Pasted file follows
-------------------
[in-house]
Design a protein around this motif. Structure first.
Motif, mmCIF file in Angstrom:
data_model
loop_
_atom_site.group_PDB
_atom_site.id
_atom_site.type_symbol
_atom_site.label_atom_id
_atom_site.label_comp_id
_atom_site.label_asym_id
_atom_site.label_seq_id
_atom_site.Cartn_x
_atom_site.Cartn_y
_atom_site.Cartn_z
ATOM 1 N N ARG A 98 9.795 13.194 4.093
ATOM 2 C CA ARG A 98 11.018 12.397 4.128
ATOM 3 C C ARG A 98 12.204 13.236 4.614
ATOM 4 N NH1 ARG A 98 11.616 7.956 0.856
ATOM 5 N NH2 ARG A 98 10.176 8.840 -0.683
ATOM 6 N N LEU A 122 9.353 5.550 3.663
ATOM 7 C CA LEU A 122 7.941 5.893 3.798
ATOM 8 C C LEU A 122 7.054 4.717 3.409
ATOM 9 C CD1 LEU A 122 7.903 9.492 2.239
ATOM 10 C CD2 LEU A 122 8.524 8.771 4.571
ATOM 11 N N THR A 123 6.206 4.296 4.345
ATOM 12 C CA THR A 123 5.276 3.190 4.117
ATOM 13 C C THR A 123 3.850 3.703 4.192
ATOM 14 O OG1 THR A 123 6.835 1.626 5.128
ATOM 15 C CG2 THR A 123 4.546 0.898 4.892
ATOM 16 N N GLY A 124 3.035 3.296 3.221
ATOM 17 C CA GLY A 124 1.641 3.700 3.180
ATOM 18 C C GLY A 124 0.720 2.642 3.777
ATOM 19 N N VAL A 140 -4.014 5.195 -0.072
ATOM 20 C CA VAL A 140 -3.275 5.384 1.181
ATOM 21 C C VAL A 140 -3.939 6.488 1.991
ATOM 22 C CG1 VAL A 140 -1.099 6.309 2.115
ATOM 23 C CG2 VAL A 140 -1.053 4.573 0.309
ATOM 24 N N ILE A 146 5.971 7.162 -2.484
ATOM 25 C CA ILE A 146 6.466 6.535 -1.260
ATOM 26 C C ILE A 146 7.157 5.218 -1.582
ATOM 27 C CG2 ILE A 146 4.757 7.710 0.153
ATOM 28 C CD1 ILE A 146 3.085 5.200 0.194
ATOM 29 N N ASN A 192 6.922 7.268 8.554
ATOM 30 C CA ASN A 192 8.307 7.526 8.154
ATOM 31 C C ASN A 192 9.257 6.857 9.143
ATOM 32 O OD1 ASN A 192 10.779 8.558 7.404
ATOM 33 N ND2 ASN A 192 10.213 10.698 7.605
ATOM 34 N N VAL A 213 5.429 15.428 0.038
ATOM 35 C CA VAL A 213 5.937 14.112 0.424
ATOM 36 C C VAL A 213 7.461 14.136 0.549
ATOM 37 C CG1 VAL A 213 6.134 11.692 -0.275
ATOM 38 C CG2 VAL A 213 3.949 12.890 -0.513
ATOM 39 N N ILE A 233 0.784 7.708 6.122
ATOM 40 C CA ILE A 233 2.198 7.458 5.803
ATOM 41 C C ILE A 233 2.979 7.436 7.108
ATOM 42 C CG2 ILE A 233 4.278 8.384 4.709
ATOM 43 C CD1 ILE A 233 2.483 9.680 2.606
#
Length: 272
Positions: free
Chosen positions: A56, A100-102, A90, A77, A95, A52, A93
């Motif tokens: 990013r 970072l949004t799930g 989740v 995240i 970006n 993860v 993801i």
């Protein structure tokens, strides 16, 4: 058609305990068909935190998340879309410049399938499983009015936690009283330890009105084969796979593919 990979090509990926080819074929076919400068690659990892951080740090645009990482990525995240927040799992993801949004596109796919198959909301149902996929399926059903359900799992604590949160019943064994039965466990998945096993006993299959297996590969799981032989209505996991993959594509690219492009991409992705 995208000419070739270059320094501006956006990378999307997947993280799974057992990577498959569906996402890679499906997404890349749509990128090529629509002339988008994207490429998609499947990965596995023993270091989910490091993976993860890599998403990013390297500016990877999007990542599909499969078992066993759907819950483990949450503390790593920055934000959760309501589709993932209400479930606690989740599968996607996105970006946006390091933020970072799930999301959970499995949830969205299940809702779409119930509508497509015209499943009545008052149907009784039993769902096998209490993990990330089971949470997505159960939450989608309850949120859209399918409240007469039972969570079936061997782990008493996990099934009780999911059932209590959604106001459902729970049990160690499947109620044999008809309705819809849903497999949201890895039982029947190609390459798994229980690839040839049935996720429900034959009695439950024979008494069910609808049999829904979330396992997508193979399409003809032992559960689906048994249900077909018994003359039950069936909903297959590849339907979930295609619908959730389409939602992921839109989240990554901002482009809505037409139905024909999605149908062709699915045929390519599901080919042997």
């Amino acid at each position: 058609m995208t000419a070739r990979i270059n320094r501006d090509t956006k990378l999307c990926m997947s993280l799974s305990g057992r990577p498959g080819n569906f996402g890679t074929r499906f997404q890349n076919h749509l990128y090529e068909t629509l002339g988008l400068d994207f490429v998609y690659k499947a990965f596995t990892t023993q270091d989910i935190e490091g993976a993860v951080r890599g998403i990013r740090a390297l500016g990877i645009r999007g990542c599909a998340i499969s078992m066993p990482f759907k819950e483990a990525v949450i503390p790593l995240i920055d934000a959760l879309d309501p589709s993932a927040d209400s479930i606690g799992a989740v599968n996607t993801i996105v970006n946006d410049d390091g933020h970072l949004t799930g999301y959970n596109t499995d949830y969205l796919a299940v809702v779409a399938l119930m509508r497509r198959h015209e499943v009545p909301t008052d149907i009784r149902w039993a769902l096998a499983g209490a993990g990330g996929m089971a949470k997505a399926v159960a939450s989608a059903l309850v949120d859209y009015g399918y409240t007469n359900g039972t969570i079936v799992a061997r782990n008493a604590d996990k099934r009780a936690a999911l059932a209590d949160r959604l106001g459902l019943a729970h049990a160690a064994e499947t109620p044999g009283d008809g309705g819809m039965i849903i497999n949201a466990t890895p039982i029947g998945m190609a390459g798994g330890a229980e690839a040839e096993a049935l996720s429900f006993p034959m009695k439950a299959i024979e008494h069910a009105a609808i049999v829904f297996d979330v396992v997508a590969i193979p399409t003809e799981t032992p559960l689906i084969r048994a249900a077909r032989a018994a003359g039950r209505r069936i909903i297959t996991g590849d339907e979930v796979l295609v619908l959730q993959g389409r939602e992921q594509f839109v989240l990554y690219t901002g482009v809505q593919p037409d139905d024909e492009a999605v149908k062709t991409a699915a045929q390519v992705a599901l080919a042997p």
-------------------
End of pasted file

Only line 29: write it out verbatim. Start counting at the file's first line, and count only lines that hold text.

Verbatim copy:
ATOM 14 O OG1 THR A 123 6.835 1.626 5.128